Now, you might be listening to this and think, oh, so the solution is for zach to be more loving and do the things that make Darcy feel lovable.  And for Darcy to be more expressive of her belief that Zach is doing enough and that he is always doing his best in everything he does and to never criticise him for what he does that she doesn’t like. 


But at the same time, if you live in the real world, you know that always being on guard to protect your partner’s fragile sense of self in ways that are always validating and uplifting is not only an impossible task, it would be mind-numbingly exhausting.


Here we arrive and we have this story in our heads about how we are not enough.  Most of us use behaviors that feel good and temporarily meet our desires to feel enough.  And most of those behaviors that we use create long-term negative effects in our lives which perpetuate the sense that we are not enough.  Many of us have gotten married, working to integrate ourselves with another person so that they can help fill that gap in our lives, which doesn’t work, which only deepens our sense that we aren’t enough.  


If you are recognizing this in your life, you’re not alone.  And you’re probably wondering what do I do to move past this downward spiral of never being enough in your own mind and in your actions.  


Let me give you two concrete things that you can do in your life to create a process of escaping this downward spiral. 


First, face up to your behaviors.  


When Darcy was asking me to slow down or drive more safely, she was putting something in front of me that she found to be undesirable behavior.  


Once that is done, I have to have a mechanism within me that allows me to evaluate that behavior on its merits and based on who I want to be in my life. 


Facing my behavior means that I’m not looking at that behavior through a lens of whether it is acceptable among others or if it has been tolerated in the past.  


It means evaluating my actions in light of my values and my desire to be a more complete person.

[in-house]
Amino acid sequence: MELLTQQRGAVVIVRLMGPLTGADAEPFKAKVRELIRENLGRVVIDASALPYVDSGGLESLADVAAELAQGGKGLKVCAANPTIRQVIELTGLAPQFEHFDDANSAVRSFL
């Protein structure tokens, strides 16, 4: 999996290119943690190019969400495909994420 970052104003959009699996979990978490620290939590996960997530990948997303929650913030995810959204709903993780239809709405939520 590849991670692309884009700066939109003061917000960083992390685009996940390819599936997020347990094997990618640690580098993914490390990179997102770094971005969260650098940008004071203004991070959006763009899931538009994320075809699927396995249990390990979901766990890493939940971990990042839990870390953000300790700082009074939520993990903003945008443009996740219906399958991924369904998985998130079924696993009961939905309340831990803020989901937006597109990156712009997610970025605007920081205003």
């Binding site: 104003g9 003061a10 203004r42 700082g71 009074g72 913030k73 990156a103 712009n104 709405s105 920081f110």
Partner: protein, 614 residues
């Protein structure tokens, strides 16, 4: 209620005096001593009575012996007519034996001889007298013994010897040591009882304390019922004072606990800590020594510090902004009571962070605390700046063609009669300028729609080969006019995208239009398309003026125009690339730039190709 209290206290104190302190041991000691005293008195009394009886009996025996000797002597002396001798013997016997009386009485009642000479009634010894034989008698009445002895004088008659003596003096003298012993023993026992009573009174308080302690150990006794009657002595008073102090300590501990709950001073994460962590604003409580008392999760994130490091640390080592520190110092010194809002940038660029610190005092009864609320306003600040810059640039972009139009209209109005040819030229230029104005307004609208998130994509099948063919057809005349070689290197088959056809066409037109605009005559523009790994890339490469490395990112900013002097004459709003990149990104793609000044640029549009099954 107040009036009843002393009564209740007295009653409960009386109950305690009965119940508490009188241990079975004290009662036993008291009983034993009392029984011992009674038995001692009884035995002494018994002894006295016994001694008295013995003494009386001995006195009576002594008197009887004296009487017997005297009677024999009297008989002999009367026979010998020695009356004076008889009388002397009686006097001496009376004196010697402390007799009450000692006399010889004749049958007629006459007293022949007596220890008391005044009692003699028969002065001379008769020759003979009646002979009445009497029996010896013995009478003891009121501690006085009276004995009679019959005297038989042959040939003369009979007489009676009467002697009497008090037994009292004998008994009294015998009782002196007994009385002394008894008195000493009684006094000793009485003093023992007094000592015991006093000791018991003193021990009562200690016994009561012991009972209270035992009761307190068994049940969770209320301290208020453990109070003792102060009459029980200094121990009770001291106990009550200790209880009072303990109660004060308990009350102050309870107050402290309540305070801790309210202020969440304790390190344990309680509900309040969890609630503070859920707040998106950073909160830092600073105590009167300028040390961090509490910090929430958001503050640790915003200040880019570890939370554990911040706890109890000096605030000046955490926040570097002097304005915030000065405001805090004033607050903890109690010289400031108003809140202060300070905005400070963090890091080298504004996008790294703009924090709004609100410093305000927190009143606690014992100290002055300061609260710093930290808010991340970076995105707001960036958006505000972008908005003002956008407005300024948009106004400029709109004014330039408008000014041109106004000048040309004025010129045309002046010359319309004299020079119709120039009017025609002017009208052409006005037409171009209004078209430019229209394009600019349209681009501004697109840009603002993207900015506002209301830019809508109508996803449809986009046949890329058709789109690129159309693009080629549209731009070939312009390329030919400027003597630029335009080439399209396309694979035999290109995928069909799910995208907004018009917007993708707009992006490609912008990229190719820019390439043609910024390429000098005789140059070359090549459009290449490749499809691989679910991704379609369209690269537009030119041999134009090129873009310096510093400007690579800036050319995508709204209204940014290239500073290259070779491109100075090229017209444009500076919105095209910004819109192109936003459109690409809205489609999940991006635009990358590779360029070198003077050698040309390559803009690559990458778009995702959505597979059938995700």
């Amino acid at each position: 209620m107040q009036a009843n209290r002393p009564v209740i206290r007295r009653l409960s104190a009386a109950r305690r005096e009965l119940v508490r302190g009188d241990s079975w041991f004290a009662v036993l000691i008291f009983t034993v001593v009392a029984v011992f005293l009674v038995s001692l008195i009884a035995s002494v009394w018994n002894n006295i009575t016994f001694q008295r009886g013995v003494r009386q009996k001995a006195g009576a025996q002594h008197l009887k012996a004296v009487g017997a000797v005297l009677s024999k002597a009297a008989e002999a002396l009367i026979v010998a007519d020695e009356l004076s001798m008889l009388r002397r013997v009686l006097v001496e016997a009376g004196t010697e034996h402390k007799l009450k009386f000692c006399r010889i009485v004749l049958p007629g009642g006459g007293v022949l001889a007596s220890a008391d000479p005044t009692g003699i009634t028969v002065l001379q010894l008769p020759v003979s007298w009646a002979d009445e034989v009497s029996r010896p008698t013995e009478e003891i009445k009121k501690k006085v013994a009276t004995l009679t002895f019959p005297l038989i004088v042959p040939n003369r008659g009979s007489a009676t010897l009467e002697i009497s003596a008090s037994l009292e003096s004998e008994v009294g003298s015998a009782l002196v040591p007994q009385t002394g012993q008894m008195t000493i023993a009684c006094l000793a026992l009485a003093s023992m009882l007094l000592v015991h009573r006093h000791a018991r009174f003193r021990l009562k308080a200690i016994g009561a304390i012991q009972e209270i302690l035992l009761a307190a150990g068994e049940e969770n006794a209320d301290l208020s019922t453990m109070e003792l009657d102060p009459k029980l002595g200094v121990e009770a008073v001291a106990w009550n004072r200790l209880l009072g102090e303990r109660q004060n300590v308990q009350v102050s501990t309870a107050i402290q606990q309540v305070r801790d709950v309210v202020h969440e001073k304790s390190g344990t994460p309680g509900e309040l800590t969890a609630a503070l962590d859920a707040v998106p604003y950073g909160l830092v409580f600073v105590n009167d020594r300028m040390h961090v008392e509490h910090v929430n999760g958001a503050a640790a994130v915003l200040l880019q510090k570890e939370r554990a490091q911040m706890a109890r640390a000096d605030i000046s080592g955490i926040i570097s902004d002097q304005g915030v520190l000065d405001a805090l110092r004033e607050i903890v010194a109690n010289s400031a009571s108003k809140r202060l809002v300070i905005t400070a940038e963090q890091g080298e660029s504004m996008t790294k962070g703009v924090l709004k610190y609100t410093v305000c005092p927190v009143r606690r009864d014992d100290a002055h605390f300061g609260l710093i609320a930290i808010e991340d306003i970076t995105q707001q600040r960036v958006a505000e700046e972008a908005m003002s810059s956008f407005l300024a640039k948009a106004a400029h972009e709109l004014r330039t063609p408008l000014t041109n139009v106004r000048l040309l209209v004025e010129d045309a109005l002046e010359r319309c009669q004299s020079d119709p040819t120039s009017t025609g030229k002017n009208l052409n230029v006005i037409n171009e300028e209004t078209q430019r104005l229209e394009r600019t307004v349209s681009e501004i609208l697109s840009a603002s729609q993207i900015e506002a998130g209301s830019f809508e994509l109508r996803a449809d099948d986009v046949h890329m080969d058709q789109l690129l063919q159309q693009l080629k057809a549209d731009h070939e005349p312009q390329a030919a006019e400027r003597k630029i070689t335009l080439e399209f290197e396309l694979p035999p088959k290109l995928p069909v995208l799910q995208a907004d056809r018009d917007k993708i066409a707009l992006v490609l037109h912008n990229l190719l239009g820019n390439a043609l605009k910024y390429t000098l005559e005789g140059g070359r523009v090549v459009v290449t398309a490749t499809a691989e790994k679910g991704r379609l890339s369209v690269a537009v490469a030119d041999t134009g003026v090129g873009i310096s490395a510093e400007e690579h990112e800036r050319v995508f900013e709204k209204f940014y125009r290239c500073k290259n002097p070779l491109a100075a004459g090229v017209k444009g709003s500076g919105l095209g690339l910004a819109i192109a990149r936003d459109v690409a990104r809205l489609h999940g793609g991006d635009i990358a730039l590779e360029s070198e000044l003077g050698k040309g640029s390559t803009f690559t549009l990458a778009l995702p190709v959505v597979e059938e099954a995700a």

Driving is a fairly small example, but pornography or overeating is often more impactful.  


As Darcy and I progressed, there were occasions where she would find something that wasn’t pornography but that was me following links that included bikini pictures or other material that I would not have been proud to explain to others that I was looking at.  


In her best moments, Darcy was able to engage with me in a conversation about that particular behavior or incident without making it mean anything about her.  She would ask me, is this who you want to be?  


This is a really great question when confronting your own behavior. 


When we ask this question without judging ourselves we can look at the behavior objectively and compassionately.  We can see it for what it is, a way to manage our sense of discomfort.  And we can evaluate it in terms of how it integrates into the whole person we want to be when we are alone and with others. 


In other words, when you find or your partner points out behaviors that don’t seem to be part of the whole picture you have of yourself take a step back from defending it. Allow yourself to be objective about it.  Imagine how it might feel to live without it.  


Facing your behavior and dropping judgment isn’t easy.  It is a really uncomfortable and meaningful process.  


Second, let go of caretaking your partner and other equals.


This is something that a lot of men do, and I did, to try and keep Darcy happy.  Darcy also did this to try and keep me happy, but more, to keep me from turning to pornography. 


Caretaking our partner is about hiding from them what is real and true for us.  


For me, I would do this by lying about my pornography viewing behaviors.  I would also do this by giving up what I wanted to show her that her needs and wants were more important than mine.  


She would do this by engaging with me sexually even when she didn’t want to, in order to try to manage my pornography viewing. 


Working to manage our partner emotionally and physically is frustrating for both parties in the long run. 



The Self Mastery Podcast is dedicated to helping Latter-day Saints overcome pornography. Men and women struggle with overcoming pornography.

This podcast draws on the real-life experiences of the hosts, Zach and Darcy in their struggle to overcome pornography, strengthen their marriage, and grow personally.

If you want to know what real success looks like in overcoming pornography from real people who have been where you are, then this podcast is for you. The interviews with real clients who have succeeded, the amazing skills, techniques, and systems that are shared, and the real-world experiences of the hosts make this the number one podcast for Latter-day Saints looking to overcome pornography.

If you are ready to take your knowledge and understanding to the next level, join the Self Mastery Membership at zachspafford.com/workwithme